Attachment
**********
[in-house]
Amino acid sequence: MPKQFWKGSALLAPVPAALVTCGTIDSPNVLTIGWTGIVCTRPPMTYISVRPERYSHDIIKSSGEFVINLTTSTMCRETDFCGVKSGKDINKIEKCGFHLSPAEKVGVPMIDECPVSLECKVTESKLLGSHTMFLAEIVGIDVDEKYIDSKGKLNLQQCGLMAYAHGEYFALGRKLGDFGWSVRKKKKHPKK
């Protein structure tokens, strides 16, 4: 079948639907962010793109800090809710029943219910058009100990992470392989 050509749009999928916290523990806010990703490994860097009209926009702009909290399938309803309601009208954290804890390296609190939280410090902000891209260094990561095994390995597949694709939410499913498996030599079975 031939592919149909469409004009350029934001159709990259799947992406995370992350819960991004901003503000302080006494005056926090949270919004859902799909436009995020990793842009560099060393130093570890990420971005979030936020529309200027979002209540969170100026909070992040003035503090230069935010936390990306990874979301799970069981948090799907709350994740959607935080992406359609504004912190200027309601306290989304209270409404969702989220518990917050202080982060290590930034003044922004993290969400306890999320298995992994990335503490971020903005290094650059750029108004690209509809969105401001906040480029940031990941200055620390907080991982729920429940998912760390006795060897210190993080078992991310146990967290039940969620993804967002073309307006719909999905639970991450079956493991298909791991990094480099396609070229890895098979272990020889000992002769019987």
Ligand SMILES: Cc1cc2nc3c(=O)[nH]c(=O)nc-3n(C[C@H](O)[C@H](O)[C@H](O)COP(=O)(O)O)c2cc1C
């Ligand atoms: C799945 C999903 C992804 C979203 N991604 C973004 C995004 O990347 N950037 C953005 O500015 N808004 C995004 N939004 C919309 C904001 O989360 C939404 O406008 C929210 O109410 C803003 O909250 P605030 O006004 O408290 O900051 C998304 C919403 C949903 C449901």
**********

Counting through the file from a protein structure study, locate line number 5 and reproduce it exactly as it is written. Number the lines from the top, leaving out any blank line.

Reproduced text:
């Ligand atoms: C799945 C999903 C992804 C979203 N991604 C973004 C995004 O990347 N950037 C953005 O500015 N808004 C995004 N939004 C919309 C904001 O989360 C939404 O406008 C929210 O109410 C803003 O909250 P605030 O006004 O408290 O900051 C998304 C919403 C949903 C449901």